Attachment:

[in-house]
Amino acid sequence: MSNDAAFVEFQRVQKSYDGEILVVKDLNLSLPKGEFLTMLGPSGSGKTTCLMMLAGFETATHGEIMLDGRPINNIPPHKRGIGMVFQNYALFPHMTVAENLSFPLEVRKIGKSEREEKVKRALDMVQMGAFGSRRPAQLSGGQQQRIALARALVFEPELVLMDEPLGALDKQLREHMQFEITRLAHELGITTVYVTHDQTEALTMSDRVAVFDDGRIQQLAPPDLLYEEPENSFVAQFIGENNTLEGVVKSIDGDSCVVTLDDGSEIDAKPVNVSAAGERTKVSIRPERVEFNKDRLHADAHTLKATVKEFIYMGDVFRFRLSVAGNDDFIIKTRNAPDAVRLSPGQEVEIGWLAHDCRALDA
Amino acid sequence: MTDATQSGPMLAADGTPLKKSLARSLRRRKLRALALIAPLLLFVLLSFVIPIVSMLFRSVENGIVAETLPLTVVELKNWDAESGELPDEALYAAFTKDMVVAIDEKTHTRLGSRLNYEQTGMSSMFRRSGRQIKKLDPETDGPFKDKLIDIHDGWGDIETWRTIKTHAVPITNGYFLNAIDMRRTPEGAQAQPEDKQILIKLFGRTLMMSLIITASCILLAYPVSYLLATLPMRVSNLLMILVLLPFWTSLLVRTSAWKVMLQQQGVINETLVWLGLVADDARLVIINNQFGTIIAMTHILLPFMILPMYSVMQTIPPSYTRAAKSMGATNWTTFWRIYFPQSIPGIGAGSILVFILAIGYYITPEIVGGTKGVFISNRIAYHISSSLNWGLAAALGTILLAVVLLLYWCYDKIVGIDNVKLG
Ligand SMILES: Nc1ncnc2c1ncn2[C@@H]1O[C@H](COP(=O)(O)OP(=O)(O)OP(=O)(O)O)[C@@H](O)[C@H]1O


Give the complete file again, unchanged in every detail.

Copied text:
[in-house]
Amino acid sequence: MSNDAAFVEFQRVQKSYDGEILVVKDLNLSLPKGEFLTMLGPSGSGKTTCLMMLAGFETATHGEIMLDGRPINNIPPHKRGIGMVFQNYALFPHMTVAENLSFPLEVRKIGKSEREEKVKRALDMVQMGAFGSRRPAQLSGGQQQRIALARALVFEPELVLMDEPLGALDKQLREHMQFEITRLAHELGITTVYVTHDQTEALTMSDRVAVFDDGRIQQLAPPDLLYEEPENSFVAQFIGENNTLEGVVKSIDGDSCVVTLDDGSEIDAKPVNVSAAGERTKVSIRPERVEFNKDRLHADAHTLKATVKEFIYMGDVFRFRLSVAGNDDFIIKTRNAPDAVRLSPGQEVEIGWLAHDCRALDA
Amino acid sequence: MTDATQSGPMLAADGTPLKKSLARSLRRRKLRALALIAPLLLFVLLSFVIPIVSMLFRSVENGIVAETLPLTVVELKNWDAESGELPDEALYAAFTKDMVVAIDEKTHTRLGSRLNYEQTGMSSMFRRSGRQIKKLDPETDGPFKDKLIDIHDGWGDIETWRTIKTHAVPITNGYFLNAIDMRRTPEGAQAQPEDKQILIKLFGRTLMMSLIITASCILLAYPVSYLLATLPMRVSNLLMILVLLPFWTSLLVRTSAWKVMLQQQGVINETLVWLGLVADDARLVIINNQFGTIIAMTHILLPFMILPMYSVMQTIPPSYTRAAKSMGATNWTTFWRIYFPQSIPGIGAGSILVFILAIGYYITPEIVGGTKGVFISNRIAYHISSSLNWGLAAALGTILLAVVLLLYWCYDKIVGIDNVKLG
Ligand SMILES: Nc1ncnc2c1ncn2[C@@H]1O[C@H](COP(=O)(O)OP(=O)(O)OP(=O)(O)O)[C@@H](O)[C@H]1O